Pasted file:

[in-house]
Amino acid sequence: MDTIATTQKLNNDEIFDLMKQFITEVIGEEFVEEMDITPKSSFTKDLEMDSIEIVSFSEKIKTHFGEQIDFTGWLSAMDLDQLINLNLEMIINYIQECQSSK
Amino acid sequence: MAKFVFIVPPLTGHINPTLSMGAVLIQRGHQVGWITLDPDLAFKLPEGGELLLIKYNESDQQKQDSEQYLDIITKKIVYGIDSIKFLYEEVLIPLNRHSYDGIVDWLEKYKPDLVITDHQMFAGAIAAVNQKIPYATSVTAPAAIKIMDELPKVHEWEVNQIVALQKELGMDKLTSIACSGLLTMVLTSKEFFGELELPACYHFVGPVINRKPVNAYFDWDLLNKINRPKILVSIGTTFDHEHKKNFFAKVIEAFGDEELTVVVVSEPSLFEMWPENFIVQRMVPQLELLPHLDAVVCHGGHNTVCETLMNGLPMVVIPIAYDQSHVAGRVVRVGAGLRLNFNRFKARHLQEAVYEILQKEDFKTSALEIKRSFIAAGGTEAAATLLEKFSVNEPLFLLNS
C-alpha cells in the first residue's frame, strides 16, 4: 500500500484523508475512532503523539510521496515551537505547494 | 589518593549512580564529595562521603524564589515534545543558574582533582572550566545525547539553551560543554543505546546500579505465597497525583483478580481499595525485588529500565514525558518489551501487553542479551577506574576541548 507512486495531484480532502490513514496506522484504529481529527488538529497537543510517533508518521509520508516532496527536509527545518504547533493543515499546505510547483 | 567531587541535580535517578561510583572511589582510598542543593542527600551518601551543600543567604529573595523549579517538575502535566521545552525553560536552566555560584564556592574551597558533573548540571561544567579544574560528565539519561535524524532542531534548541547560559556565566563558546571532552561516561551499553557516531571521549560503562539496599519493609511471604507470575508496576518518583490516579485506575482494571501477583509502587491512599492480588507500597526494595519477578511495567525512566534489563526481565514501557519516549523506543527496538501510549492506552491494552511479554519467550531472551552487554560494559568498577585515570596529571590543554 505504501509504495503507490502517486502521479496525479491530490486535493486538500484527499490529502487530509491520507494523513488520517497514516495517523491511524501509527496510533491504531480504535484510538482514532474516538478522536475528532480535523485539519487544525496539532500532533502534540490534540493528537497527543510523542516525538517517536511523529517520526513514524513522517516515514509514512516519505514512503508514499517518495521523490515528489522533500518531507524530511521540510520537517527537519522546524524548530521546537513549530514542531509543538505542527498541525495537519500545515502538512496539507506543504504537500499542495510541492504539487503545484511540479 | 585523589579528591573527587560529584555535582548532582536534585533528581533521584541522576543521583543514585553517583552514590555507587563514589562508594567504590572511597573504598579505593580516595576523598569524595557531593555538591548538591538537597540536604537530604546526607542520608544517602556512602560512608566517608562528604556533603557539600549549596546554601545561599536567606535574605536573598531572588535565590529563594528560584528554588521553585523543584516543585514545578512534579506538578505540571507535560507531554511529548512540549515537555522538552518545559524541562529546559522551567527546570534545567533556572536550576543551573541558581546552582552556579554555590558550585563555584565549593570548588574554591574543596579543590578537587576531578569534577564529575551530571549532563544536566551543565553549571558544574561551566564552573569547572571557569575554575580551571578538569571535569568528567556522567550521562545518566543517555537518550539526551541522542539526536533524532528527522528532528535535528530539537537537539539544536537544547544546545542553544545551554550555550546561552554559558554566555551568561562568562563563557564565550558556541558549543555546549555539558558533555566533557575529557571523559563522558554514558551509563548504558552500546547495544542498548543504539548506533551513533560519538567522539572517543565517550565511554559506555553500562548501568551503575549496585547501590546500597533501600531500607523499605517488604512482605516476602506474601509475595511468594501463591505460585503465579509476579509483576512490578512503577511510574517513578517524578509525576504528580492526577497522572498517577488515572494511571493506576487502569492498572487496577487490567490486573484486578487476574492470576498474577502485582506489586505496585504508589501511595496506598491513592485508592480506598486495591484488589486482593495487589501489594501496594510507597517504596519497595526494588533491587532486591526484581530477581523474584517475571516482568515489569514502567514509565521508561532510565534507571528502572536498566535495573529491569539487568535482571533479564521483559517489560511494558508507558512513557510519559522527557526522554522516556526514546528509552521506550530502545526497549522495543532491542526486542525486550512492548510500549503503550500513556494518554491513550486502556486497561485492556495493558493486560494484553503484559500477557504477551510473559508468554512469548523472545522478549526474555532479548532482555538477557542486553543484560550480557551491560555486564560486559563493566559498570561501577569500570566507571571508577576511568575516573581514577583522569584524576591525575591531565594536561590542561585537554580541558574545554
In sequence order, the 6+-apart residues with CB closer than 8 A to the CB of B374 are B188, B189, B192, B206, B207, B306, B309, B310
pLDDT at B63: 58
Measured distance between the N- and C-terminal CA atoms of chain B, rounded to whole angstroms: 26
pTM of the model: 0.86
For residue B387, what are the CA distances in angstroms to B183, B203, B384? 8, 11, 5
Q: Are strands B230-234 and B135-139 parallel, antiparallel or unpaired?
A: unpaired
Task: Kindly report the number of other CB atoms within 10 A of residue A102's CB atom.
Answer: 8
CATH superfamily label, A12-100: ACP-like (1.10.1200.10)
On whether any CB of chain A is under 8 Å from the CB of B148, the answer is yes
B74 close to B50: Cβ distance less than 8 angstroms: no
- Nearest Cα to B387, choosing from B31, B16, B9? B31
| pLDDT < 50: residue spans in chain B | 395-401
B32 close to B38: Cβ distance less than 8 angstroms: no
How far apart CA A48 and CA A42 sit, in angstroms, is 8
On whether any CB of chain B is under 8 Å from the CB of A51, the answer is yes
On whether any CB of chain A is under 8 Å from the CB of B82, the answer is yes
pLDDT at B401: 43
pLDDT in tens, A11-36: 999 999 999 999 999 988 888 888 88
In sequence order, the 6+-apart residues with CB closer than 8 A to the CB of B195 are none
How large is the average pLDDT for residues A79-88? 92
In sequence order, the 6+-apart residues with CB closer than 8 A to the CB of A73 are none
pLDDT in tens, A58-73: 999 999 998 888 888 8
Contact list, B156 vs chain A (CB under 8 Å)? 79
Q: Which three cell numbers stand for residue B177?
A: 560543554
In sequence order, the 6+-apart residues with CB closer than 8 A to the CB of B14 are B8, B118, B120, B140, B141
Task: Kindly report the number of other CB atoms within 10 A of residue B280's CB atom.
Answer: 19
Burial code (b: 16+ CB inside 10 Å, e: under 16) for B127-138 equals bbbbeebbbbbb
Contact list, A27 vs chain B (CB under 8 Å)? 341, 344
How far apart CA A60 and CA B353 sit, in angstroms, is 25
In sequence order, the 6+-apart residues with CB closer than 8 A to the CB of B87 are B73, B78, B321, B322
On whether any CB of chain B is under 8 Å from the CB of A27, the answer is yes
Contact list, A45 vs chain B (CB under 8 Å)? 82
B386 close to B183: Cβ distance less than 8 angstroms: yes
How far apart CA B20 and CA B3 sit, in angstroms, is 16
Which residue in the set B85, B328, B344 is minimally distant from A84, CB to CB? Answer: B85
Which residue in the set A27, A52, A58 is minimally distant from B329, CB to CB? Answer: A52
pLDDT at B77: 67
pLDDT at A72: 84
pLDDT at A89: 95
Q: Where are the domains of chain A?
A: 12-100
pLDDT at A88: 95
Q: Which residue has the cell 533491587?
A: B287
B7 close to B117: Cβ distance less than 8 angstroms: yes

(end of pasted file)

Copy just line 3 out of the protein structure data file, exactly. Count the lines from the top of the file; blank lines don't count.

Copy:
Amino acid sequence: MAKFVFIVPPLTGHINPTLSMGAVLIQRGHQVGWITLDPDLAFKLPEGGELLLIKYNESDQQKQDSEQYLDIITKKIVYGIDSIKFLYEEVLIPLNRHSYDGIVDWLEKYKPDLVITDHQMFAGAIAAVNQKIPYATSVTAPAAIKIMDELPKVHEWEVNQIVALQKELGMDKLTSIACSGLLTMVLTSKEFFGELELPACYHFVGPVINRKPVNAYFDWDLLNKINRPKILVSIGTTFDHEHKKNFFAKVIEAFGDEELTVVVVSEPSLFEMWPENFIVQRMVPQLELLPHLDAVVCHGGHNTVCETLMNGLPMVVIPIAYDQSHVAGRVVRVGAGLRLNFNRFKARHLQEAVYEILQKEDFKTSALEIKRSFIAAGGTEAAATLLEKFSVNEPLFLLNS